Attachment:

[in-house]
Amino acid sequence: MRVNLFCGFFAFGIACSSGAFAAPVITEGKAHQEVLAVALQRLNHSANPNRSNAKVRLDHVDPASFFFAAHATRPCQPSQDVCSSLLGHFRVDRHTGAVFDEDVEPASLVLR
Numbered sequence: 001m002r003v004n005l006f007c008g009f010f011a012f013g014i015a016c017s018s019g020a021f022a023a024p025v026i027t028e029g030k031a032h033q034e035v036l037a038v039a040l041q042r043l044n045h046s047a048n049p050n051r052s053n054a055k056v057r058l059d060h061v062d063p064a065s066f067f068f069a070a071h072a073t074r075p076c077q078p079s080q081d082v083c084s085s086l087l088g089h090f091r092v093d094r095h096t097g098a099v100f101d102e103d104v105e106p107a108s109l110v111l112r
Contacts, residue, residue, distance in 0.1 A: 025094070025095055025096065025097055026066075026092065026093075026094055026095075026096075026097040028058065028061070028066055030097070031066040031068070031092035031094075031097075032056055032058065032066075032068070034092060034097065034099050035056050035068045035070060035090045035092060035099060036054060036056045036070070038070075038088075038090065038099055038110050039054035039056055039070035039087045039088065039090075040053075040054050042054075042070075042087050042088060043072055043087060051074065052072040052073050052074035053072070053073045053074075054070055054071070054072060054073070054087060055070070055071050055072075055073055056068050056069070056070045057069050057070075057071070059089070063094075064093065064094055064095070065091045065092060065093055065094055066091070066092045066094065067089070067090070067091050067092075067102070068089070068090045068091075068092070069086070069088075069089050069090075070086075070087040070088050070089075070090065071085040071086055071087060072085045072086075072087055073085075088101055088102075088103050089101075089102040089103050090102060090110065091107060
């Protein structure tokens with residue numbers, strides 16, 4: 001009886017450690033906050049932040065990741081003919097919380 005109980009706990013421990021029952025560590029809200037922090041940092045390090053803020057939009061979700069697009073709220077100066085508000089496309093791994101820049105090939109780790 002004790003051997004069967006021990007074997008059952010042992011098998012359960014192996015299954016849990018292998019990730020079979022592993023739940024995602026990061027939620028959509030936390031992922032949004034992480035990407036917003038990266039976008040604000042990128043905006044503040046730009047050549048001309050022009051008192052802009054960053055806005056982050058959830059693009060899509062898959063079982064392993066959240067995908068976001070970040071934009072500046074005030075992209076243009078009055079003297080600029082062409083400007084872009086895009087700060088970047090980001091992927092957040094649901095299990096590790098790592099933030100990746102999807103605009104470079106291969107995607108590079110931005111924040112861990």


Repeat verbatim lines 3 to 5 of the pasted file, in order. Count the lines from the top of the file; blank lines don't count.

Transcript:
Numbered sequence: 001m002r003v004n005l006f007c008g009f010f011a012f013g014i015a016c017s018s019g020a021f022a023a024p025v026i027t028e029g030k031a032h033q034e035v036l037a038v039a040l041q042r043l044n045h046s047a048n049p050n051r052s053n054a055k056v057r058l059d060h061v062d063p064a065s066f067f068f069a070a071h072a073t074r075p076c077q078p079s080q081d082v083c084s085s086l087l088g089h090f091r092v093d094r095h096t097g098a099v100f101d102e103d104v105e106p107a108s109l110v111l112r
Contacts, residue, residue, distance in 0.1 A: 025094070025095055025096065025097055026066075026092065026093075026094055026095075026096075026097040028058065028061070028066055030097070031066040031068070031092035031094075031097075032056055032058065032066075032068070034092060034097065034099050035056050035068045035070060035090045035092060035099060036054060036056045036070070038070075038088075038090065038099055038110050039054035039056055039070035039087045039088065039090075040053075040054050042054075042070075042087050042088060043072055043087060051074065052072040052073050052074035053072070053073045053074075054070055054071070054072060054073070054087060055070070055071050055072075055073055056068050056069070056070045057069050057070075057071070059089070063094075064093065064094055064095070065091045065092060065093055065094055066091070066092045066094065067089070067090070067091050067092075067102070068089070068090045068091075068092070069086070069088075069089050069090075070086075070087040070088050070089075070090065071085040071086055071087060072085045072086075072087055073085075088101055088102075088103050089101075089102040089103050090102060090110065091107060
């Protein structure tokens with residue numbers, strides 16, 4: 001009886017450690033906050049932040065990741081003919097919380 005109980009706990013421990021029952025560590029809200037922090041940092045390090053803020057939009061979700069697009073709220077100066085508000089496309093791994101820049105090939109780790 002004790003051997004069967006021990007074997008059952010042992011098998012359960014192996015299954016849990018292998019990730020079979022592993023739940024995602026990061027939620028959509030936390031992922032949004034992480035990407036917003038990266039976008040604000042990128043905006044503040046730009047050549048001309050022009051008192052802009054960053055806005056982050058959830059693009060899509062898959063079982064392993066959240067995908068976001070970040071934009072500046074005030075992209076243009078009055079003297080600029082062409083400007084872009086895009087700060088970047090980001091992927092957040094649901095299990096590790098790592099933030100990746102999807103605009104470079106291969107995607108590079110931005111924040112861990």